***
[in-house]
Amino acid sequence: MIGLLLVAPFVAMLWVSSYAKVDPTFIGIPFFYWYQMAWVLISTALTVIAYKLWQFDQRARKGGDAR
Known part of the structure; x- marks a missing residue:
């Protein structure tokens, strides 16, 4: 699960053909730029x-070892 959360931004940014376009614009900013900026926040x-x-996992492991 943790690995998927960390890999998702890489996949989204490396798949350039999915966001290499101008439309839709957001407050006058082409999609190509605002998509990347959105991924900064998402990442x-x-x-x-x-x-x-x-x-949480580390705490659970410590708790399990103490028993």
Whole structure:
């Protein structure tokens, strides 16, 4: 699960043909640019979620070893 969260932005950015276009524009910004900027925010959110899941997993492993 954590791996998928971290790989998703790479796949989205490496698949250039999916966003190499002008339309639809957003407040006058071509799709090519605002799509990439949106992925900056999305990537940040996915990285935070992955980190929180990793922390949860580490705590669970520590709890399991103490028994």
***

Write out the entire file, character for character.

[in-house]
Amino acid sequence: MIGLLLVAPFVAMLWVSSYAKVDPTFIGIPFFYWYQMAWVLISTALTVIAYKLWQFDQRARKGGDAR
Known part of the structure; x- marks a missing residue:
């Protein structure tokens, strides 16, 4: 699960053909730029x-070892 959360931004940014376009614009900013900026926040x-x-996992492991 943790690995998927960390890999998702890489996949989204490396798949350039999915966001290499101008439309839709957001407050006058082409999609190509605002998509990347959105991924900064998402990442x-x-x-x-x-x-x-x-x-949480580390705490659970410590708790399990103490028993």
Whole structure:
């Protein structure tokens, strides 16, 4: 699960043909640019979620070893 969260932005950015276009524009910004900027925010959110899941997993492993 954590791996998928971290790989998703790479796949989205490496698949250039999916966003190499002008339309639809957003407040006058071509799709090519605002799509990439949106992925900056999305990537940040996915990285935070992955980190929180990793922390949860580490705590669970520590709890399991103490028994």